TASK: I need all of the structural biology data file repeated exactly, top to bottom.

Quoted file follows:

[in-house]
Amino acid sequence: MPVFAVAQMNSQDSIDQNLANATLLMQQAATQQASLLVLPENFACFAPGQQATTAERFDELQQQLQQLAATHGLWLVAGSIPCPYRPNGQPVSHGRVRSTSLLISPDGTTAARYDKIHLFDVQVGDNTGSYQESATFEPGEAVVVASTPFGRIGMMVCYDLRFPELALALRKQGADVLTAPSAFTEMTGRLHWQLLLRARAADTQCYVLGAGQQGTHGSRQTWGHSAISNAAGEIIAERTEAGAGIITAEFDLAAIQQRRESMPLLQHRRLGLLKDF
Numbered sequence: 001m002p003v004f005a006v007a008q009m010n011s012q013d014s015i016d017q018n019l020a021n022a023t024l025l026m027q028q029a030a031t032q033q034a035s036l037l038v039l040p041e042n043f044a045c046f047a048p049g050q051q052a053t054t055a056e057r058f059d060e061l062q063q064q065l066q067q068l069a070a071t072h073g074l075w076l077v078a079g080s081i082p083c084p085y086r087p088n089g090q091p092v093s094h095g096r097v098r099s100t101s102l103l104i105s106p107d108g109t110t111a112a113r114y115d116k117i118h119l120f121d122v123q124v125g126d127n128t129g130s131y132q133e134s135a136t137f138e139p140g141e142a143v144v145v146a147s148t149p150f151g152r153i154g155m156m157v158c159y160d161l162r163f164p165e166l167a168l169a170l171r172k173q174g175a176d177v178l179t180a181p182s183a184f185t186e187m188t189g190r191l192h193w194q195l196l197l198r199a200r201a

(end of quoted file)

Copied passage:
[in-house]
Amino acid sequence: MPVFAVAQMNSQDSIDQNLANATLLMQQAATQQASLLVLPENFACFAPGQQATTAERFDELQQQLQQLAATHGLWLVAGSIPCPYRPNGQPVSHGRVRSTSLLISPDGTTAARYDKIHLFDVQVGDNTGSYQESATFEPGEAVVVASTPFGRIGMMVCYDLRFPELALALRKQGADVLTAPSAFTEMTGRLHWQLLLRARAADTQCYVLGAGQQGTHGSRQTWGHSAISNAAGEIIAERTEAGAGIITAEFDLAAIQQRRESMPLLQHRRLGLLKDF
Numbered sequence: 001m002p003v004f005a006v007a008q009m010n011s012q013d014s015i016d017q018n019l020a021n022a023t024l025l026m027q028q029a030a031t032q033q034a035s036l037l038v039l040p041e042n043f044a045c046f047a048p049g050q051q052a053t054t055a056e057r058f059d060e061l062q063q064q065l066q067q068l069a070a071t072h073g074l075w076l077v078a079g080s081i082p083c084p085y086r087p088n089g090q091p092v093s094h095g096r097v098r099s100t101s102l103l104i105s106p107d108g109t110t111a112a113r114y115d116k117i118h119l120f121d122v123q124v125g126d127n128t129g130s131y132q133e134s135a136t137f138e139p140g141e142a143v144v145v146a147s148t149p150f151g152r153i154g155m156m157v158c159y160d161l162r163f164p165e166l167a168l169a170l171r172k173q174g175a176d177v178l179t180a181p182s183a184f185t186e187m188t189g190r191l192h193w194q195l196l197l198r199a200r201a